Extra Hour Of Trucking
The law restores flexibility that was lost when a Federal Motor Carrier Administration review two years ago found that exemption rules enacted in Michigan in 1990 were not up to federal snuff, said Mike Nystrom, vice president of government and public relations for the Michigan Infrastructure and Transportation Association.
In-state drivers now will be allowed to be on duty up to 16 hours per day, with no more than 12 hours behind the wheel, Nystrom said. On-duty hours may not exceed 70 hours in seven days or 80 hours in eight days.
"These construction drivers, delivery drivers and the like usually end up sitting for quite a period of time, and that is what is recognized in this allowance," said Nystrom, who worked with the Michigan Aggregate Haulers Association and state Rep. Phil LaJoy on the change.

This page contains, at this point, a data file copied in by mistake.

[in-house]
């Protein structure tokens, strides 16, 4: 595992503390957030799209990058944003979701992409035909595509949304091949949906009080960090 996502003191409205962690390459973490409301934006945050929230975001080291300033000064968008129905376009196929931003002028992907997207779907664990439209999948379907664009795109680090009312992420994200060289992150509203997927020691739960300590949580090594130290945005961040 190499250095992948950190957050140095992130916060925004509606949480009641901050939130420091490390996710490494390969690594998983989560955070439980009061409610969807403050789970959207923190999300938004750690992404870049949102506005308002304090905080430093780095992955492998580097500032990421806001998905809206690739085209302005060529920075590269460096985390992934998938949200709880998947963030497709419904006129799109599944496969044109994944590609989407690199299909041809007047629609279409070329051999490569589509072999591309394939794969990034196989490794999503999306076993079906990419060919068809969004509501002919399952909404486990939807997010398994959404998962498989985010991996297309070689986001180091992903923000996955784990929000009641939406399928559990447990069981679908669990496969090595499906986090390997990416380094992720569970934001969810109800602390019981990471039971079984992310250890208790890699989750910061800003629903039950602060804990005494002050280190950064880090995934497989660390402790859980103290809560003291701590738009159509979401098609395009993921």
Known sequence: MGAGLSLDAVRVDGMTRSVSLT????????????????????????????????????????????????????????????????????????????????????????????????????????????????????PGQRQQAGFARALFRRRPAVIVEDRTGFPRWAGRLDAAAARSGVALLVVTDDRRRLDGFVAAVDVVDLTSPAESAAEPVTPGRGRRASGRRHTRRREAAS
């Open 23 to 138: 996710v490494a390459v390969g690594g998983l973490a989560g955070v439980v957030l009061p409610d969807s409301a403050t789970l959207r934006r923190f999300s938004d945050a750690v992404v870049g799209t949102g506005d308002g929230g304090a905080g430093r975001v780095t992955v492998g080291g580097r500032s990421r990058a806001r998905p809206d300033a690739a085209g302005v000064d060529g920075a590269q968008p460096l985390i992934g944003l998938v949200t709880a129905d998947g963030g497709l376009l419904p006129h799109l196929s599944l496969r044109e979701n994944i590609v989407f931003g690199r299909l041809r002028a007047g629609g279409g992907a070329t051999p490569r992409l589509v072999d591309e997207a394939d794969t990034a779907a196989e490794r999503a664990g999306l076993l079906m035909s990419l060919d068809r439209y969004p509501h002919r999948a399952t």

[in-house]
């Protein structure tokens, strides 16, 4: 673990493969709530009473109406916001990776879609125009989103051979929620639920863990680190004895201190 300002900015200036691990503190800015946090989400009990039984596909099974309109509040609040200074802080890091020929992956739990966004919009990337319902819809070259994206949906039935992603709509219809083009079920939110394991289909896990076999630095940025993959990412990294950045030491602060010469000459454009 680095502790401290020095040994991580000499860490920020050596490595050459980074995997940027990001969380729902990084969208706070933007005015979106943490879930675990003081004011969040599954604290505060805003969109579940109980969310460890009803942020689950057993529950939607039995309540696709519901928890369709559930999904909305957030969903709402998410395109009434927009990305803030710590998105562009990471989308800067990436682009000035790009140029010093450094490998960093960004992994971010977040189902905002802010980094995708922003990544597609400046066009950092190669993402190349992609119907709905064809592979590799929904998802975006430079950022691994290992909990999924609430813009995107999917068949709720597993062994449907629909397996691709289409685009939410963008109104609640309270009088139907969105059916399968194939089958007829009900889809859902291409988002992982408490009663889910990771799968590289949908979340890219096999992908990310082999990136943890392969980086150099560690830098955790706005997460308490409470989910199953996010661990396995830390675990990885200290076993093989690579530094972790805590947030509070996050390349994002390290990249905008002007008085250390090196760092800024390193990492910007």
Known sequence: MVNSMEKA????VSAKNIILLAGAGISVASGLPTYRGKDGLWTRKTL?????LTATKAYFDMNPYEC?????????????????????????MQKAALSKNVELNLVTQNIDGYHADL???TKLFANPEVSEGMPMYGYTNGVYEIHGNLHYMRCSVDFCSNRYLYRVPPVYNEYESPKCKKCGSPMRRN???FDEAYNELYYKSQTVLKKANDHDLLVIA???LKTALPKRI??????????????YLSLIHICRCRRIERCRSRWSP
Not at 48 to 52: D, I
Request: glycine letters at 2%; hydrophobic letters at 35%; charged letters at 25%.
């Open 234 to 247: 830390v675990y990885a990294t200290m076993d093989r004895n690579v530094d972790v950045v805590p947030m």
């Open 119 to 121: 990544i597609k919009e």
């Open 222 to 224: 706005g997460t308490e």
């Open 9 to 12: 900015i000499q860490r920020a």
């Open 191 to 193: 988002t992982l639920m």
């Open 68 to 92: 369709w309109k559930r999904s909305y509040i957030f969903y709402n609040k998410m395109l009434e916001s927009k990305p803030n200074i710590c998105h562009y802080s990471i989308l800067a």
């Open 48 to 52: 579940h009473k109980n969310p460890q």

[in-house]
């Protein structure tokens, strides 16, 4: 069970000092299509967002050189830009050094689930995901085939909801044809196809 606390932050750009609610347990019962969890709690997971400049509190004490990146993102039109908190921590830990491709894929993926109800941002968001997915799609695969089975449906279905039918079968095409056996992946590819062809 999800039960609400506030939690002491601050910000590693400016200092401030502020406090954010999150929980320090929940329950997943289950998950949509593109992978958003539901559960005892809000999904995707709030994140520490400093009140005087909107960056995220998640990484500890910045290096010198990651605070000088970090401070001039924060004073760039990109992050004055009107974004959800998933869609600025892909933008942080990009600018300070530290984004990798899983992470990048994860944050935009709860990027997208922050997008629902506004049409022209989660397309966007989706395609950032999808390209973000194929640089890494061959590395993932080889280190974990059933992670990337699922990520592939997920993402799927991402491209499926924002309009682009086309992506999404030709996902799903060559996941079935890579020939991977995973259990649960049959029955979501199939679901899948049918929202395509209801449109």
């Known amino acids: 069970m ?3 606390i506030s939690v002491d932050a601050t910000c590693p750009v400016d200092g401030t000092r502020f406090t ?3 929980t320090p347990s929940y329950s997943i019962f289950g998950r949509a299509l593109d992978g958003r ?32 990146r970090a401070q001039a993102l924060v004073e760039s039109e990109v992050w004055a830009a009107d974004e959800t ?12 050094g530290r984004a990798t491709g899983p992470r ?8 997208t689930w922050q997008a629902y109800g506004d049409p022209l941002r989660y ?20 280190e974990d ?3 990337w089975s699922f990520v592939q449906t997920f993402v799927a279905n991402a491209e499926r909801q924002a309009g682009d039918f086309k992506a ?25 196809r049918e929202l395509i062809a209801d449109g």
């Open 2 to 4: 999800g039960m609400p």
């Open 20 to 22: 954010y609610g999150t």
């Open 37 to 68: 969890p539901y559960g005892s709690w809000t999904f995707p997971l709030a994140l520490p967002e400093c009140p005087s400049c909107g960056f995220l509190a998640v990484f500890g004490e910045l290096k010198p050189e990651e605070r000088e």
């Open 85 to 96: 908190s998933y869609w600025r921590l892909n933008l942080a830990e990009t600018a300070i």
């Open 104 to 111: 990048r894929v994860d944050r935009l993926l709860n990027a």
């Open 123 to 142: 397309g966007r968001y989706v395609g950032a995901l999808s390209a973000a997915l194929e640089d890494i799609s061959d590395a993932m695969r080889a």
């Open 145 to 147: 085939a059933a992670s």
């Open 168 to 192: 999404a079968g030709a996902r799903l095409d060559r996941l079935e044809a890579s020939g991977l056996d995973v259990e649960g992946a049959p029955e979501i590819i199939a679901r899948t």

"If he's required to wait on the job site before he's unloaded, those hours don't end up hurting him in terms of then having to do his return trip at the end of the day. It allows for what's called 'on-duty' time versus 'driving' time."
Drivers delivering construction materials often work long hours to take advantage of snow-free seasons, Nystrom said.
He said he anticipates little effect on the driving public. But the law should help companies that employ drivers, he said.
"They aren't having to hire-on other drivers to fill in toward the end of the week when the drivers may have exceeded their allowable hours. So it helps to keep companies more efficiently run."